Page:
Are you disappointed because you didn’t see bones in the catacombs or the Colosseum? Don’t be. Just visit this macabre church, which houses the remaining skeletons of 4,000 Capuchin monks in an art arrangement around the church crypts.
You may not take pictures or video here – and there is a small fee to enter this church. (I took the photo above years before the “no photography” policy went into effect.)
Santa Maria della Concezione dei Cappuccini (Google Map)
Via Vittorio Veneto, 27, 00187 Roma RM, Italy
BONUS: Basilica of Santa Maria del Popolo
Another basilica in Rome, Santa Maria del Popolo is actually one of the most visited Roman churches. And it’s even more popular now because of Dan Brown’s Angels & Demons.
I have to include this awesome basilica in the list, as this is a very cool church to visit while in Rome.
Located in the Piazza del Popolo, one of Rome’s major piazzas, this Basilica is one of my favorite places to see in Rome. Its late Baroque design includes a lot of macabre details, such as skulls and bones that can be found in tombs and monuments inside.
The highlight of this Basilica is Raphael’s Chigi Chapel, to honor the family bearing its name. Keep an eye out for Caravaggio’s Crucifixion of Saint Peter painting, completed in 1601.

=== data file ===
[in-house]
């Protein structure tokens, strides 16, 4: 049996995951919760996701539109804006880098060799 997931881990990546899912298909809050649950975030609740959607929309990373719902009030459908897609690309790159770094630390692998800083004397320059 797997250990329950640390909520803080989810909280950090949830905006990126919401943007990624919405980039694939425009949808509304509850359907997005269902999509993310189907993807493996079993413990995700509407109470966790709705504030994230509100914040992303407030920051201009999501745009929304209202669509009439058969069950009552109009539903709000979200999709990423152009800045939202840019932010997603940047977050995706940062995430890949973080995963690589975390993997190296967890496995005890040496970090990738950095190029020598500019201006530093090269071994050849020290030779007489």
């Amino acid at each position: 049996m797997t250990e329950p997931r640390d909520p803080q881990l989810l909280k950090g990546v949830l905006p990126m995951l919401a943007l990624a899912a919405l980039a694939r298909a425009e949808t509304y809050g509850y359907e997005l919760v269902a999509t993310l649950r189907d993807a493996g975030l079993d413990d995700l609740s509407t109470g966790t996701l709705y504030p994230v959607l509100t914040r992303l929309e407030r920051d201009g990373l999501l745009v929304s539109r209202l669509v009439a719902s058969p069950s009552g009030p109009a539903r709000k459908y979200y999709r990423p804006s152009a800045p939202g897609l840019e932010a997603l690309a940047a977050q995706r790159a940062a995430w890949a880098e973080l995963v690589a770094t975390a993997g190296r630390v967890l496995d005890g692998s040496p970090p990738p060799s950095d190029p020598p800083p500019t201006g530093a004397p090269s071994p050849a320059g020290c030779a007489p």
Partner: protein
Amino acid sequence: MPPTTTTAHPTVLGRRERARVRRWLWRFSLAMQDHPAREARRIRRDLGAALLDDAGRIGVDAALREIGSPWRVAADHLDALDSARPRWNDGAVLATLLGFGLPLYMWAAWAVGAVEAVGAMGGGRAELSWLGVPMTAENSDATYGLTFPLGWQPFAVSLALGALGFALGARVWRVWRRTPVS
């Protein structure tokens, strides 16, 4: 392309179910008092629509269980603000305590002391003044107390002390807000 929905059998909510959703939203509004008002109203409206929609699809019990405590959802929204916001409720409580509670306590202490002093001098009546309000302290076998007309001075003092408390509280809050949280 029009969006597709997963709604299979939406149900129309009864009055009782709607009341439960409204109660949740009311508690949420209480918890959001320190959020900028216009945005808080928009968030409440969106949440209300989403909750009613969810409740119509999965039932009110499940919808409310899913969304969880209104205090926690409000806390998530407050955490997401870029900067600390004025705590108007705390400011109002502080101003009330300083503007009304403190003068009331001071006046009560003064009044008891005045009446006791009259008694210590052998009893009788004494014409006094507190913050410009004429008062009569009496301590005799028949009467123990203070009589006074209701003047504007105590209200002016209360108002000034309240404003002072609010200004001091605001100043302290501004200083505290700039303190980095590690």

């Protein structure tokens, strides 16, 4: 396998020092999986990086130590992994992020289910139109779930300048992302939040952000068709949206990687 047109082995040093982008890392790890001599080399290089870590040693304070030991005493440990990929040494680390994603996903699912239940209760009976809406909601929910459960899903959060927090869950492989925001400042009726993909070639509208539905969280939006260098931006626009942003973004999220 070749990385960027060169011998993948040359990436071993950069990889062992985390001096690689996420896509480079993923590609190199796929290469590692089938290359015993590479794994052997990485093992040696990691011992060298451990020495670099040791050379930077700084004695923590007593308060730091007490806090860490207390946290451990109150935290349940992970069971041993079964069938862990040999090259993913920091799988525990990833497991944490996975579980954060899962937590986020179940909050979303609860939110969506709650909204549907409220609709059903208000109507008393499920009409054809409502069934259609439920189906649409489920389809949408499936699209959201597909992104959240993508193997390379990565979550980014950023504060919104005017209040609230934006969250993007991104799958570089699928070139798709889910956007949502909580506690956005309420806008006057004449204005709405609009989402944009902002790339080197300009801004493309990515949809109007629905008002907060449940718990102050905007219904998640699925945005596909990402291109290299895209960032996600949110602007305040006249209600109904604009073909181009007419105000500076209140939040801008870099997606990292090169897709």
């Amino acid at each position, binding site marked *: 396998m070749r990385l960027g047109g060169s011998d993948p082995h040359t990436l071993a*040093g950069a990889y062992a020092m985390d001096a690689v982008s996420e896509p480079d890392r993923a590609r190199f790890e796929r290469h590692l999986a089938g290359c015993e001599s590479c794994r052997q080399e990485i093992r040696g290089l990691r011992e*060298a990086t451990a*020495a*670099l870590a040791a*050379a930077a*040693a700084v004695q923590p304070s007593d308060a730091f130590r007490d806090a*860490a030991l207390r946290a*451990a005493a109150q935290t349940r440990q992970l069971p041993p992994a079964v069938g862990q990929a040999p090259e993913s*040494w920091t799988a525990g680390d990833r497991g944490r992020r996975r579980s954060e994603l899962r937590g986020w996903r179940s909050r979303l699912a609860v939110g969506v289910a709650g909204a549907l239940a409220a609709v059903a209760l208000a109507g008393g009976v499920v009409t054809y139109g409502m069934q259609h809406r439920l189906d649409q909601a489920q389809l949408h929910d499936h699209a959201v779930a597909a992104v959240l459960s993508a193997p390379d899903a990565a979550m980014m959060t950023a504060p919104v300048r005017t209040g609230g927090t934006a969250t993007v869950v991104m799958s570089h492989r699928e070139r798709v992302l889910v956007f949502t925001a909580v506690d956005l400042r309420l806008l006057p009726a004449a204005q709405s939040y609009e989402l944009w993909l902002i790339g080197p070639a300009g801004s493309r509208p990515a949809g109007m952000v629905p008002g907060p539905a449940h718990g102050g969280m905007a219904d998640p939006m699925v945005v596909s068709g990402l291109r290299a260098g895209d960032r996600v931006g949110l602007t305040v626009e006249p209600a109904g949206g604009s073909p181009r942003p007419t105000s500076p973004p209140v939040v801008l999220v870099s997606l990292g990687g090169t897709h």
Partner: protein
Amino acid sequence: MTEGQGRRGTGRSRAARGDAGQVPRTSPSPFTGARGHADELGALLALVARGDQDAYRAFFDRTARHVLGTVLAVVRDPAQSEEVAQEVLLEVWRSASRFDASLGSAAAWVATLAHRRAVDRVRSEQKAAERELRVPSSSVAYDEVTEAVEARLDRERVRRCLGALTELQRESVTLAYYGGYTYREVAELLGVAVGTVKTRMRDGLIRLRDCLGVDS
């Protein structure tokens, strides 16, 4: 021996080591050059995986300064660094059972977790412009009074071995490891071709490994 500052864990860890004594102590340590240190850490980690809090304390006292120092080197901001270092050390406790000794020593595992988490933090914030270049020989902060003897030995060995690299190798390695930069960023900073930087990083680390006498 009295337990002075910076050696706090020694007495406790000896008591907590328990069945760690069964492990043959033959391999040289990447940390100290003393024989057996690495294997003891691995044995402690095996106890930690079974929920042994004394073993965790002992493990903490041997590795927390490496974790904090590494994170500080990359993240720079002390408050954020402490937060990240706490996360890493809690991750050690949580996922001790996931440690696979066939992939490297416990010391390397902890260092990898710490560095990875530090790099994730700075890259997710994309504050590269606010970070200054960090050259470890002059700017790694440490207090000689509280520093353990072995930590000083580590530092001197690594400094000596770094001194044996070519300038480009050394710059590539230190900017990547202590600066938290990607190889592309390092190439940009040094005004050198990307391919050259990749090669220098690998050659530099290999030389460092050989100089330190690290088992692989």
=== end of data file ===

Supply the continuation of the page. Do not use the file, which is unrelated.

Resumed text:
Here, St. Peter’s is being crucified upside down, per his request. Pay attention to the dirty bottom foot of the worker. Gestures like this showing the realities of life were scandalous in the 17th century but were also groundbreaking in the arts.
Basilica Parrocchiale Santa Maria del Popolo (Google Map)
Piazza del Popolo, 12, 00187 Roma RM, Italy
Make time for these lesser known Roman churches
Rome is perhaps the most famous city on the planet, and attracts millions of visitors each year. So it’s easy to get caught up in lists of the “most popular” things to see and do.
Like any place, a lot of what makes this city unique doesn’t appear prominently in the guidebooks, so you have to do a little more research.
Definitely see all the famous churches in Rome when you’re here, but take time out to see these lesser-known Roman churches while you’re at it. You’ll be glad you did.
It will make your visit to Rome unique! And that means you’ll have different stories to tell than most other people who visit.
And check out the Best Kept Secret of Rome list for more on lesser known highlights of Rome!
For More on Italy: When we travel, we use Lonely Planet. By buying a book at one of the Amazon.com links below, we get a small referral fee at no additional cost to you.
Want more like this? Subscribe to our newsletter below (mobile) or in the sidebar (desktop) to get our posts delivered to your mailbox! And like our Facebook page and Instagram feed. We’re also on YouTube. Watch our Travel vlogs right here.
Halef moved from Indonesia to the US nearly two decades ago to go to college here. He hasn’t looked back. He’s been to over forty countries and doesn’t plan on stopping anytime soon. He’s a Landscape Architect in Atlanta, GA.